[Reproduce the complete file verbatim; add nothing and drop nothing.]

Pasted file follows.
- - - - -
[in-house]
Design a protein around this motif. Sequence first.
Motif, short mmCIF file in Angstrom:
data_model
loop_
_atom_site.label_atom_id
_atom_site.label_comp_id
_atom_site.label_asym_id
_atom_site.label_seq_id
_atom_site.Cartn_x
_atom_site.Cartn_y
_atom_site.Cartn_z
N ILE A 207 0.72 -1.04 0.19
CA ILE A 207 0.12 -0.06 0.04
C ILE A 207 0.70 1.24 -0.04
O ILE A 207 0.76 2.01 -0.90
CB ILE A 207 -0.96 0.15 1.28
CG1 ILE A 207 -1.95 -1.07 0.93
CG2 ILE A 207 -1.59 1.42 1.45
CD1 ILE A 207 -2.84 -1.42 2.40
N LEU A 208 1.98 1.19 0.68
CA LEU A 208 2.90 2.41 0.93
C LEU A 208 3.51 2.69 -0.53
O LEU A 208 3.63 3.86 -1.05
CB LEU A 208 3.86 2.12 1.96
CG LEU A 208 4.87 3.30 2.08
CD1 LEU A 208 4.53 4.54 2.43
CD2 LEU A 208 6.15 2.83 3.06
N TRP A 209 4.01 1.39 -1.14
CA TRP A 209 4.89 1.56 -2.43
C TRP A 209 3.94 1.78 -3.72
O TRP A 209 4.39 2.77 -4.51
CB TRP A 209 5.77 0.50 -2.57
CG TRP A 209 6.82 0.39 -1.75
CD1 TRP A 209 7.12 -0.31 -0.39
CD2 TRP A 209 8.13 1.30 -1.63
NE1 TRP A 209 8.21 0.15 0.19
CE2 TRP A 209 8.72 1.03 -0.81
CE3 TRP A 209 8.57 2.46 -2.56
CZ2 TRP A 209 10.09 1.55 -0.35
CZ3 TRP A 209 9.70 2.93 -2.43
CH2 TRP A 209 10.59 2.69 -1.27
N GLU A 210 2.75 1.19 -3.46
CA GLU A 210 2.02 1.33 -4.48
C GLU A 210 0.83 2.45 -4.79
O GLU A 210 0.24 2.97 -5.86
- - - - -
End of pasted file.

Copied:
[in-house]
Design a protein around this motif. Sequence first.
Motif, short mmCIF file in Angstrom:
data_model
loop_
_atom_site.label_atom_id
_atom_site.label_comp_id
_atom_site.label_asym_id
_atom_site.label_seq_id
_atom_site.Cartn_x
_atom_site.Cartn_y
_atom_site.Cartn_z
N ILE A 207 0.72 -1.04 0.19
CA ILE A 207 0.12 -0.06 0.04
C ILE A 207 0.70 1.24 -0.04
O ILE A 207 0.76 2.01 -0.90
CB ILE A 207 -0.96 0.15 1.28
CG1 ILE A 207 -1.95 -1.07 0.93
CG2 ILE A 207 -1.59 1.42 1.45
CD1 ILE A 207 -2.84 -1.42 2.40
N LEU A 208 1.98 1.19 0.68
CA LEU A 208 2.90 2.41 0.93
C LEU A 208 3.51 2.69 -0.53
O LEU A 208 3.63 3.86 -1.05
CB LEU A 208 3.86 2.12 1.96
CG LEU A 208 4.87 3.30 2.08
CD1 LEU A 208 4.53 4.54 2.43
CD2 LEU A 208 6.15 2.83 3.06
N TRP A 209 4.01 1.39 -1.14
CA TRP A 209 4.89 1.56 -2.43
C TRP A 209 3.94 1.78 -3.72
O TRP A 209 4.39 2.77 -4.51
CB TRP A 209 5.77 0.50 -2.57
CG TRP A 209 6.82 0.39 -1.75
CD1 TRP A 209 7.12 -0.31 -0.39
CD2 TRP A 209 8.13 1.30 -1.63
NE1 TRP A 209 8.21 0.15 0.19
CE2 TRP A 209 8.72 1.03 -0.81
CE3 TRP A 209 8.57 2.46 -2.56
CZ2 TRP A 209 10.09 1.55 -0.35
CZ3 TRP A 209 9.70 2.93 -2.43
CH2 TRP A 209 10.59 2.69 -1.27
N GLU A 210 2.75 1.19 -3.46
CA GLU A 210 2.02 1.33 -4.48
C GLU A 210 0.83 2.45 -4.79
O GLU A 210 0.24 2.97 -5.86